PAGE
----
The process of change begins with us and ends with us. Through social media and grassroots movement we can unite our colors as we did on June 26, 2015. We can inspire American Dreams for generations to come before the riots begin, before the violence turns viral.
When it comes to research into human behavior in groups, one of the most notable, foundational studies is the 1971 Stanford Prison Experiment. While it was scheduled to last longer, the experiment was cut short after six days when the guards began to abuse the prisoners.
This week we saw a demonstration of the deep connection between imagery and outrage. On Tuesday, the hunter that killed the beloved and often photographed lion, Cecil, in Zimbabwe was identified as Minnesota dentist Dr. Walter Palmer. As the outrage went viral, the hunter became the hunted. His clinic's website was shut down, and a White House petition demanding extradition got 190,000 signatures. But the level of viral indignation also prompted some to question why the outpouring of outrage for Cecil surpassed that prompted by the killing of Sandra Bland. At the same time, we watched as Ohio prosecutor Joe Deters -- fueled by very disturbing bodycam footage of the police shooting of Samuel DuBose -- announced murder charges in the case, calling the incident "outrageous," "horrendous" and an "absolute tragedy." It was further proof of the power of images -- and that outrage doesn't have to be an either/or proposition.
Rather, I'm questioning why it is that the sanctity of some lives is not considered by others - as if they do not matter at all, or merely exist at another individual's discretion and not by their own agency.
This shooting speaks of the character of the officer because what kind of officer would shoot and kill an unarmed human, then lie about it, while all the time KNOWING that the whole thing was on tape because he was wearing a body camera?
In this generation, simply sending out a tweet with a trending hashtag is lazy, disingenuous and ill-conceived in generating momentum for a movement. A well-timed status update largely does nothing other than trick the person into believing he/she has done their part in the struggle.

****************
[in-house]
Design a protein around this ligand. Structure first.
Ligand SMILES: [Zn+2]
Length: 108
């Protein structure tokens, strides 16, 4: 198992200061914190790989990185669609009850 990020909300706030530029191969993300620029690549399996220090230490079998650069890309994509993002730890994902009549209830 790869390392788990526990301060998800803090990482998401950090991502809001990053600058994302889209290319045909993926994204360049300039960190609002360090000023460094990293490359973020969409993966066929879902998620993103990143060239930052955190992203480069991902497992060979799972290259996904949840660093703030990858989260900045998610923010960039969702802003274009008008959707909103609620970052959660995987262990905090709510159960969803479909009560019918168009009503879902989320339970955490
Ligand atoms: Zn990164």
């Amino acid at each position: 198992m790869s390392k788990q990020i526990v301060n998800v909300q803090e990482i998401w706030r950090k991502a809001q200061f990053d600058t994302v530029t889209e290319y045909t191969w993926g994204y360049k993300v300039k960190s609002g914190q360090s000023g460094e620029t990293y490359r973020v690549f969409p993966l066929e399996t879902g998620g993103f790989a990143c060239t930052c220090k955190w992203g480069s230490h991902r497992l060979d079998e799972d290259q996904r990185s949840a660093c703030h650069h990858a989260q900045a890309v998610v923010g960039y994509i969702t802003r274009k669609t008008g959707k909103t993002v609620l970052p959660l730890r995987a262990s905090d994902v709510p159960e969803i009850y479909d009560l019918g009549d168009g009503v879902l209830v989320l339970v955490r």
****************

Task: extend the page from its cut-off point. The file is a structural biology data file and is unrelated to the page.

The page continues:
On the same day a female Los Angeles Police officer was sentenced to 36 months for delivering hard kicks to the groin of a handcuffed woman who later died, a homeless woman with mental illness was facing 25 years to life for merely picking up a police baton.
As countless stories of race-based killing fill my news feed, I find my reactions ranging from melancholy to anger to fatigue and back again
As a child, I was taught that God was and is love. When I watched white police officers and firefighters spraying black people with fire hoses and setting vicious dogs on them, I can remember my mother saying, without batting an eye, "We are to forgive them, Susan."
Why has Cecil galvanized us so, when clearly there are equally horrific events taking place all over everywhere?
Could it be that we're forcing schoolchildren to pledge their allegiance to a divisive -- poisonous -- symbol? Could it be that honoring it, waving it, saluting it holds together an allegiance to moral superiority and unending global conflict?
From the moment those lights start flashing and that siren goes off, we're all in the same boat: we must pull over. However, it's what happens after you've been pulled over that's critical.
Bernie Sanders is unlikely to be the Democratic nominee, but he is having an impact on the primary race in several ways.
speeding and alcohol play a large role in fatal road crashes in New Zealand, and that overseas drivers are no exception. Police in New Zealand are very committed to preventing the harm and trauma associated with alcohol on our roads.
As we move forward as a people, it is important that those with power and platforms remember to not only entertain the community, but to enlighten and empower those in it; not only with their art, but with their actions.
In America, more than the act of changing lanes without signaling, being black, female and living and speaking unapologetically has always been seen as a punishable transgression